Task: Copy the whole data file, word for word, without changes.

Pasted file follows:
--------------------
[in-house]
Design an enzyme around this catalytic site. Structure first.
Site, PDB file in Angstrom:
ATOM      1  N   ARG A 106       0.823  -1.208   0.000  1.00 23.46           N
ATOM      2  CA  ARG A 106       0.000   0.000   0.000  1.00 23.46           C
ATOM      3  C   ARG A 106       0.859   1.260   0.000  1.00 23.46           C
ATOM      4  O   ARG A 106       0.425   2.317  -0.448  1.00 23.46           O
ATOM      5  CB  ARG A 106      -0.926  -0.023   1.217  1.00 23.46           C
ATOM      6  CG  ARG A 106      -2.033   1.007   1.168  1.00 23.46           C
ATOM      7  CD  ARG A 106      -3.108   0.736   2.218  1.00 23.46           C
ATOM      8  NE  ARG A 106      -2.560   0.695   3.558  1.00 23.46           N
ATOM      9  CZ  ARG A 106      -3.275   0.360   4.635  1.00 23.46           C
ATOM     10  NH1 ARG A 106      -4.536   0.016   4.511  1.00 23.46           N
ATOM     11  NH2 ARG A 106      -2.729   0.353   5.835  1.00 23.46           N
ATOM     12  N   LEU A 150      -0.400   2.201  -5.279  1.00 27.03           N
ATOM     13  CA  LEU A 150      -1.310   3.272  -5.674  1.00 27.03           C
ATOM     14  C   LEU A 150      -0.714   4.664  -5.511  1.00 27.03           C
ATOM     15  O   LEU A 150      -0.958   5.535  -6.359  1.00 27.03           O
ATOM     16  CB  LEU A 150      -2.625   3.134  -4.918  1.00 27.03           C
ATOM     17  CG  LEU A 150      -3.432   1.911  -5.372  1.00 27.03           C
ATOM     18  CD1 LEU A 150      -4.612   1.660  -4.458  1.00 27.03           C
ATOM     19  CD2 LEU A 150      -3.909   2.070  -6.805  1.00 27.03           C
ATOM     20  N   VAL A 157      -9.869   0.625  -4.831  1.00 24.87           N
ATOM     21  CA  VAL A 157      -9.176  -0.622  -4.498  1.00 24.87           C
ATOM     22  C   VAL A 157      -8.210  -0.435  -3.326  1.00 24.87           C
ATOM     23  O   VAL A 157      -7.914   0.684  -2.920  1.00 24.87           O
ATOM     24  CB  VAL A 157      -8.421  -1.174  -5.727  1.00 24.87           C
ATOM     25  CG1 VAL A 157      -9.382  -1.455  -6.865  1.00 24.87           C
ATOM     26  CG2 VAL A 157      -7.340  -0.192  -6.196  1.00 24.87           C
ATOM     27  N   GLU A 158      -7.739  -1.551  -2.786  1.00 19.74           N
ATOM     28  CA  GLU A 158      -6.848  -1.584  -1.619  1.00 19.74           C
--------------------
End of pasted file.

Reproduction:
[in-house]
Design an enzyme around this catalytic site. Structure first.
Site, PDB file in Angstrom:
ATOM      1  N   ARG A 106       0.823  -1.208   0.000  1.00 23.46           N
ATOM      2  CA  ARG A 106       0.000   0.000   0.000  1.00 23.46           C
ATOM      3  C   ARG A 106       0.859   1.260   0.000  1.00 23.46           C
ATOM      4  O   ARG A 106       0.425   2.317  -0.448  1.00 23.46           O
ATOM      5  CB  ARG A 106      -0.926  -0.023   1.217  1.00 23.46           C
ATOM      6  CG  ARG A 106      -2.033   1.007   1.168  1.00 23.46           C
ATOM      7  CD  ARG A 106      -3.108   0.736   2.218  1.00 23.46           C
ATOM      8  NE  ARG A 106      -2.560   0.695   3.558  1.00 23.46           N
ATOM      9  CZ  ARG A 106      -3.275   0.360   4.635  1.00 23.46           C
ATOM     10  NH1 ARG A 106      -4.536   0.016   4.511  1.00 23.46           N
ATOM     11  NH2 ARG A 106      -2.729   0.353   5.835  1.00 23.46           N
ATOM     12  N   LEU A 150      -0.400   2.201  -5.279  1.00 27.03           N
ATOM     13  CA  LEU A 150      -1.310   3.272  -5.674  1.00 27.03           C
ATOM     14  C   LEU A 150      -0.714   4.664  -5.511  1.00 27.03           C
ATOM     15  O   LEU A 150      -0.958   5.535  -6.359  1.00 27.03           O
ATOM     16  CB  LEU A 150      -2.625   3.134  -4.918  1.00 27.03           C
ATOM     17  CG  LEU A 150      -3.432   1.911  -5.372  1.00 27.03           C
ATOM     18  CD1 LEU A 150      -4.612   1.660  -4.458  1.00 27.03           C
ATOM     19  CD2 LEU A 150      -3.909   2.070  -6.805  1.00 27.03           C
ATOM     20  N   VAL A 157      -9.869   0.625  -4.831  1.00 24.87           N
ATOM     21  CA  VAL A 157      -9.176  -0.622  -4.498  1.00 24.87           C
ATOM     22  C   VAL A 157      -8.210  -0.435  -3.326  1.00 24.87           C
ATOM     23  O   VAL A 157      -7.914   0.684  -2.920  1.00 24.87           O
ATOM     24  CB  VAL A 157      -8.421  -1.174  -5.727  1.00 24.87           C
ATOM     25  CG1 VAL A 157      -9.382  -1.455  -6.865  1.00 24.87           C
ATOM     26  CG2 VAL A 157      -7.340  -0.192  -6.196  1.00 24.87           C
ATOM     27  N   GLU A 158      -7.739  -1.551  -2.786  1.00 19.74           N
ATOM     28  CA  GLU A 158      -6.848  -1.584  -1.619  1.00 19.74           C